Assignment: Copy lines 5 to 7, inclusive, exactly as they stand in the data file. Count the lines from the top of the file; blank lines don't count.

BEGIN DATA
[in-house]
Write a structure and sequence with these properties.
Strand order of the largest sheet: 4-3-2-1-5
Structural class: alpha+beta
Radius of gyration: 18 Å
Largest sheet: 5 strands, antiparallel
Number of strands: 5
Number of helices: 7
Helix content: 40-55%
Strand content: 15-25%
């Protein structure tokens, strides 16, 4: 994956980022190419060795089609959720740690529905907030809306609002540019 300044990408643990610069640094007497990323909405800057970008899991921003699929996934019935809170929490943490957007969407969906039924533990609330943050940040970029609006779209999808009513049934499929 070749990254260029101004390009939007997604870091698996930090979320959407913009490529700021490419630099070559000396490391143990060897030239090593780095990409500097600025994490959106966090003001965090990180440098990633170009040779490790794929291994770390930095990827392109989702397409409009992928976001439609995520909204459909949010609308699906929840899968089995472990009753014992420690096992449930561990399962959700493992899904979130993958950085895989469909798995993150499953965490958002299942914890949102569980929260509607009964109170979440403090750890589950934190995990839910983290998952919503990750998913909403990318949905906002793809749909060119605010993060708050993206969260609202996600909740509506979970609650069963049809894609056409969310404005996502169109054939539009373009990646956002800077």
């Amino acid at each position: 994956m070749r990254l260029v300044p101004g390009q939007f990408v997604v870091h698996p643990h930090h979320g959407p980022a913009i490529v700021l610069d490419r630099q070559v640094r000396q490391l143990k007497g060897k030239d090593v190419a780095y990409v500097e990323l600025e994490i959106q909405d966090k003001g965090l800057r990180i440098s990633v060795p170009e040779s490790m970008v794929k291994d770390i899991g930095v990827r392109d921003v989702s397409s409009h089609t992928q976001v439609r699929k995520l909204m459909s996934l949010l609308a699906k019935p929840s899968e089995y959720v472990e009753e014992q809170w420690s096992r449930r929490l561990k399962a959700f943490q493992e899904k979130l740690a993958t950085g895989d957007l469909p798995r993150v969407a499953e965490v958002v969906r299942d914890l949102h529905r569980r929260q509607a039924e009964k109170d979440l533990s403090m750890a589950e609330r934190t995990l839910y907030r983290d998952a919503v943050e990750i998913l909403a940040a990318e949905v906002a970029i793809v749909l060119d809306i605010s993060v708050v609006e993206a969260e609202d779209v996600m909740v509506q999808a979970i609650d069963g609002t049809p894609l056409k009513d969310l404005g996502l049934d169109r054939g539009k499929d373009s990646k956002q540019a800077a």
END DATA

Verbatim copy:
Radius of gyration: 18 Å
Largest sheet: 5 strands, antiparallel
Number of strands: 5